Snow hits Northern Ireland: Warning after ambulance crews attend 15 crashes in half a day
Weather warnings upgraded and extended until weekend
The public has been urged to take heed of weather warnings and exercise caution on the roads after the Ambulance Service was called to 15 crashes in just half a day across Northern Ireland.
It's been a busy day for Northern Ireland emergency responders as heavy snow descended across the region.
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On an average day the Ambulance Service would attend 13 crashes. By midday on Tuesday there had been 15 incidents requiring urgent medical attention.
In one incident in Broughshane a man was left seriously hurt after he was hit by a bin lorry.
Ambulance Service spokesman John McPoland urged those taking to the roads to be aware of the conditions and pay attention to the weather warnings.
"If it's not necessary to go out, don't. And if you have to go out heed the weather warnings," he said.
An amber alert is now in place from 3pm on Tuesday until 8am on Wednesday.
The Met Office has upgraded its snow and ice warning for Northern Ireland urging people to prepare for the worst. The meteorologist has also issued further yellow warnings for snow and ice until the weekend.
Weather caused disruption on Tuesday morning as the snow descended. The ambulance service said by 10.30am there was 10 crashes because of the treacherous driving conditions.
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Amber means there is an increased likelihood of bad weather which could potentially disrupt plans and possibly cause travel delays, road and rail closures, interruption to power and the "potential risk to life and property".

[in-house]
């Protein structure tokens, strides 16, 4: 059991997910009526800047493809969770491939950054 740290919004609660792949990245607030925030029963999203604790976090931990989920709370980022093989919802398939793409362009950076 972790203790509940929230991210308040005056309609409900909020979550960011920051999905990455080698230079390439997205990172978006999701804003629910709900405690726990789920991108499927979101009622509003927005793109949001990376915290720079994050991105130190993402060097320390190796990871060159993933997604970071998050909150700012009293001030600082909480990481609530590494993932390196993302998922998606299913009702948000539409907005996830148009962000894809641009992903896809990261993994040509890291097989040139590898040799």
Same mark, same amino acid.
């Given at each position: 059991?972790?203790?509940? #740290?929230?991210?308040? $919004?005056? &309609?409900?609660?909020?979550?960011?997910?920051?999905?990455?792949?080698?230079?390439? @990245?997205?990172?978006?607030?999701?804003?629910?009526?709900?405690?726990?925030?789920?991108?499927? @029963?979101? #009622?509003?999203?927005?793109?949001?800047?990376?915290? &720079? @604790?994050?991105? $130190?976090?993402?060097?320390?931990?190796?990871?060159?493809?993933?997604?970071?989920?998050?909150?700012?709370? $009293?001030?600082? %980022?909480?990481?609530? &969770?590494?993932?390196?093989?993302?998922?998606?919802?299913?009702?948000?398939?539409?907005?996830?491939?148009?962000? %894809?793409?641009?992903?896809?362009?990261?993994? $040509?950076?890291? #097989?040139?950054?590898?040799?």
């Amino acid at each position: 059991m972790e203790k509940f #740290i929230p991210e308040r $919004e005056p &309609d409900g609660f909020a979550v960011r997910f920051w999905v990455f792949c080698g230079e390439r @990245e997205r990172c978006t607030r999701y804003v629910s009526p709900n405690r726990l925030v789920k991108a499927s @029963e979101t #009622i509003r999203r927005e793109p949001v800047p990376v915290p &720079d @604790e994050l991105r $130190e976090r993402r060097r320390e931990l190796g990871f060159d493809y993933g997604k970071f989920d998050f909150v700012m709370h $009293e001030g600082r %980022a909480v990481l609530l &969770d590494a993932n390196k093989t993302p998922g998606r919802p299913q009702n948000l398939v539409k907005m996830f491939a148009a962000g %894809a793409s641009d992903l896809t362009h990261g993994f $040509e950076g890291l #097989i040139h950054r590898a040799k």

"Amber means you need to be prepared to change your plans and protect you, your family and community from the impacts of the severe weather," the Met office said.
Heavy, squally showers of snow will continue through Tuesday and into the night, with longer spells of snow for a time, especially in the evening.
"Over the hills, snow will drift in the strong to gale force winds," the Met Office said
"A gradual improvement is likely on Wednesday for most areas. Travel delays on roads are likely, as are public transport cancellations, and some vehicles may become stranded, more especially on higher routes. There is a chance of power cuts, while services such as mobile phone coverage may be affected. Some rural communities seem likely to become cut off. In addition roads and pavements will turn icy, increasing the chances of accidents or injuries."
Meanwhile yellow warnings for snow and ice are in place until Friday night.
A yellow warning means sever weather is possible and the public should plan for disruption.
The Department for Infrastructure said that around 300 staff and 130 gritters will be busy salting roads with 12 specialist snow blowers also available.
Belfast Telegraph Digital